- The Washington Times - Tuesday, May 31, 2016

The world title match between Norwegian champion Magnus Carlsen and Russian challenger Sergey Karjakin, set for New York City in November, will almost certainly be more subtle, more sophisticated, more finely balanced than the world title match that was played 150 years ago this month in London.

It’s unlikely to be as fun — or as bloodthirsty.

The 14-game match between veteran German star Adolf Anderssen and Austrian challenger Wilhelm Steinitz featured not a single draw, with Steinitz claiming the prize only by winning the final two games for an 8-6 edge. Both players posted four-game winning streaks during the affair, and 12 of the 14 games opened with either the Evans or the King’s Gambit.

Although not universally considered a world championship match (American Paul Morphy was just beginning what turned out to be a permanent withdrawal from international play), the match marked the first in a nearly 30-year unbeaten match string for Steinitz, the acknowledged world champ when he finally relinquished his crown in 1894 to young German challenger Emanuel Lasker.

Best known now for his “scientific” defensive approach to the game, Steinitz was a Romantic brawler against the great Anderssen. The take-no-prisoners approach of both players was on display in Game 5, when Anderssen’s Evans Gambit just missed the mark in a back-and-forth cage match.

By 15. Nxe4 Nxd5 16. Neg5, Black is up two pawns, but Anderssen has set up a beautiful attacking array, with bishops, knights and a queen all pointed at Steinitz’s underdefended king. The pressure pays off on 18. Rxe6 Qd7!? (on 18Nf6, White has 19. Rxd6!? Qxd6 20. Bh7+, but that may be a better way to lose the queen for the defender) 19. Rg6 Nf4 (Nf6? 20. Qxh6 is winning) 20. Rxg7+ Qxg7 21. Bxg7 Kxg7 22. Nh4 Nxd3 23. Qxd3 Rf6 — the smoke clears and Black’s imposing queenside pawns are balanced by the defensive headaches he has finding shelter for his king.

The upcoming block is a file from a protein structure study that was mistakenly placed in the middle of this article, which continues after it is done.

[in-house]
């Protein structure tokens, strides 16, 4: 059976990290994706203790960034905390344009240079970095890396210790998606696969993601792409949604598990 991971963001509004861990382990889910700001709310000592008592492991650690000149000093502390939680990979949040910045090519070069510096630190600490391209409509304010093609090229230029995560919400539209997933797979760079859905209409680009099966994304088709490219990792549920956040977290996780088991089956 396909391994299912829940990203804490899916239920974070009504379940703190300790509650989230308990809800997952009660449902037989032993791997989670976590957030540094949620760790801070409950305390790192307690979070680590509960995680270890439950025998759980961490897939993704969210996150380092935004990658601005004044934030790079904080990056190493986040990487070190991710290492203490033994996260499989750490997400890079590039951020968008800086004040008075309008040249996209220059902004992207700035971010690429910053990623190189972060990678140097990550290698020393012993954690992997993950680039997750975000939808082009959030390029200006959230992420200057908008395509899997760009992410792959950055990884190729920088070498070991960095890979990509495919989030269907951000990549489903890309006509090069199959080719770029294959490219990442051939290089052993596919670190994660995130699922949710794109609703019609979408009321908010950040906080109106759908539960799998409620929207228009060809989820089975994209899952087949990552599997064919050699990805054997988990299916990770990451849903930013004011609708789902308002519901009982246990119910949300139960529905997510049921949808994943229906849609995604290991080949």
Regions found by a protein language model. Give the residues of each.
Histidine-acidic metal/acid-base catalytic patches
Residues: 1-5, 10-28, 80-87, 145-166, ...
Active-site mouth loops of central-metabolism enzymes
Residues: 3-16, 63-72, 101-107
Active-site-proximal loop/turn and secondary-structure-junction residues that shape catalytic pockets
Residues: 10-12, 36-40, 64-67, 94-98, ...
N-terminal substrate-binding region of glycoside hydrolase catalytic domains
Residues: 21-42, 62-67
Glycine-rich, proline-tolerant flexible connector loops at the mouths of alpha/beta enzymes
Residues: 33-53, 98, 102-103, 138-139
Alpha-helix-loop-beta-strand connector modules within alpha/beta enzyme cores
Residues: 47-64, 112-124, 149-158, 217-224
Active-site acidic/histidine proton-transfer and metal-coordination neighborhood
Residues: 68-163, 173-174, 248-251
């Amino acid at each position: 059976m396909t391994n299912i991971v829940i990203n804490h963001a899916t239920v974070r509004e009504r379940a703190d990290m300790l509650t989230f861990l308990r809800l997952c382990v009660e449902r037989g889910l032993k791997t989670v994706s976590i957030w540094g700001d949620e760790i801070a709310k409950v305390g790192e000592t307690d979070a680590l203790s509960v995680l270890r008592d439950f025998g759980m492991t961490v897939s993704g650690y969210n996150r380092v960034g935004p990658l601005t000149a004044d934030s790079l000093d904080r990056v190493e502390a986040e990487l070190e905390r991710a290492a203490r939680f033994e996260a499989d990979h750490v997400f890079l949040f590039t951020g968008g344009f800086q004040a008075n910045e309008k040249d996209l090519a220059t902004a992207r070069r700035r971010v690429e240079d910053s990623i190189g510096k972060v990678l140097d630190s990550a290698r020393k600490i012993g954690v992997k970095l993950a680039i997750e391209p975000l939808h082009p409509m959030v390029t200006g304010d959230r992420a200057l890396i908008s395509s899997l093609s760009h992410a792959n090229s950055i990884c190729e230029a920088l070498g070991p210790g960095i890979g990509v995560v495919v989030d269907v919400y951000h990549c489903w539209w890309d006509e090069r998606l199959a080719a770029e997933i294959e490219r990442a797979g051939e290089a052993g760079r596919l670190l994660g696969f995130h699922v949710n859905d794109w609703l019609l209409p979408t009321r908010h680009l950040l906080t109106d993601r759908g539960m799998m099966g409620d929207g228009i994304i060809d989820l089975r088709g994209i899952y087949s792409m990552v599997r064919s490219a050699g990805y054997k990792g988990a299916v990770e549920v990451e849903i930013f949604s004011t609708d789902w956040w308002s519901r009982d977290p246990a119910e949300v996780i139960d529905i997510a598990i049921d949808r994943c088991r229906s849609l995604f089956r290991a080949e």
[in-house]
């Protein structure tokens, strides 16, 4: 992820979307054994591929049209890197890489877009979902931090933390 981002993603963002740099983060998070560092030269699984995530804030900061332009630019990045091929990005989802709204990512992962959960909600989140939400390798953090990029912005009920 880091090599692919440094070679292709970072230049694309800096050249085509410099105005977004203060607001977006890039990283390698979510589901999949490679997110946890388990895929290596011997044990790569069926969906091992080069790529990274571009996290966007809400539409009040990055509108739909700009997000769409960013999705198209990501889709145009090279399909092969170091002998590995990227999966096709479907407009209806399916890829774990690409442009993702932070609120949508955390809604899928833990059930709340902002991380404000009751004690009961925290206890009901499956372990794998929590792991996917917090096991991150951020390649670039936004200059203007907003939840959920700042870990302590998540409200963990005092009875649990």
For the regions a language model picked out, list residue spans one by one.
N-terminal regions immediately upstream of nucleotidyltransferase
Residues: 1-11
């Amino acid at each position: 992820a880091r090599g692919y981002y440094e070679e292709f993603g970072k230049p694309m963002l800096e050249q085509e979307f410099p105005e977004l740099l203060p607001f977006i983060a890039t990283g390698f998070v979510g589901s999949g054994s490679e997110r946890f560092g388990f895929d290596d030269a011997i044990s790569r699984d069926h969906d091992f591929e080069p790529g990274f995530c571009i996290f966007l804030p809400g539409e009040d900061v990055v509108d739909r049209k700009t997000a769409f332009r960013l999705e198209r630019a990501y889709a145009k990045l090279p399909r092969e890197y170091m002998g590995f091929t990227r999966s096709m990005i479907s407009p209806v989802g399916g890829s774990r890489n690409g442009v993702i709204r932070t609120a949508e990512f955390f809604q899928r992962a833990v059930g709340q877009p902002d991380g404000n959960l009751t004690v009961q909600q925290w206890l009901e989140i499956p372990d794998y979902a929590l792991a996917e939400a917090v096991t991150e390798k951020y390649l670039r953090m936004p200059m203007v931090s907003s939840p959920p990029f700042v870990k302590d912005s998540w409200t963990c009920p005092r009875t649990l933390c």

White passes up several chances for a perpetual check, signaling with 28. g4! that he’s playing for a win.

But the pawn advances open up the White king to danger as well, and Anderssen proves less able to negotiate the defensive shoals in the game’s critical phase: 35. Ng7 Ne3+?! (see diagram; Black has to mix things up before his opponent can consolidate) 36. Kg1?! (the intrepid 36. Kf3! looks like a winner here, as there’s no mate after 36d3 37. fxe3 R6xe3+ 38. Kf4 Bc7+ 39. Kf5 Re5+ 40. Kg6) Re4! 37. f3 d3 38. fxe4 Nxg4+ 39. Rf2 (Kh1?? Rh2 mate) Bxf2+, and even now 40. Kg2! Bxh4+ 41. Kh3 leaves Black’s attack gasping for fresh fuel.

Instead, Anderssen’s king is driven to a fatal square and the insolent Balck d-pawn decides the game after the forced sequence 40. Kh1?? Re1+ 41. Kg2 Rg1+ 42. Kf3 Ne5+ 43. Kxf2 Nxf7 44. Kxg1 d2. The pawn must queen and White resigned.

Anderssen-Steinitz, Game 5, London Match, July 1866

1. e4 e5 2. Nf3 Nc6 3. Bc4 Bc5 4. b4 Bxb4 5. c3 Bc5 6. d4 exd4 7. O-O d6 8. cxd4 Bb6 9. d5 Na5 10. Bb2 Ne7 11. Bd3 O-O 12. Nc3 c6 13. Qd2 f5 14. Rae1 fxe4 15. Nxe4 Nxd5 16. Neg5 h6 17. Ne6 Bxe6 18. Rxe6 Qd7 19. Rg6 Nf4 20. Rxg7+ Qxg7 21. Bxg7 Kxg7 2. Nh4 Nxd3 23. Qxd3 Rf6 24. Nf5+ Kf8 25. Qh3 Re8 26. Qg4 Ree6 27. Qg7+ Ke8 28. g4 d5 29. Kg2 Nc4 30. Qxb7 Re2 31. Qg7 Rfe6 32. h4 d4 33. Qg8+ Kd7 34. Qf7+ Kc8 35. Ng7 Ne3+ 36. Kg1 Re4 37. f3 d3 38. fxe4 Nxg4+ 39. Rf2 Bxf2+ 40. Kh1 Re1+ 41. Kg2 Rg1+ 42. Kf3 Ne5+ 43. Kxf2 Nxf7 44. Kxg1 d2 White resigns.

• David R. Sands can be reached at 202/636-3178 or by email at [email protected]

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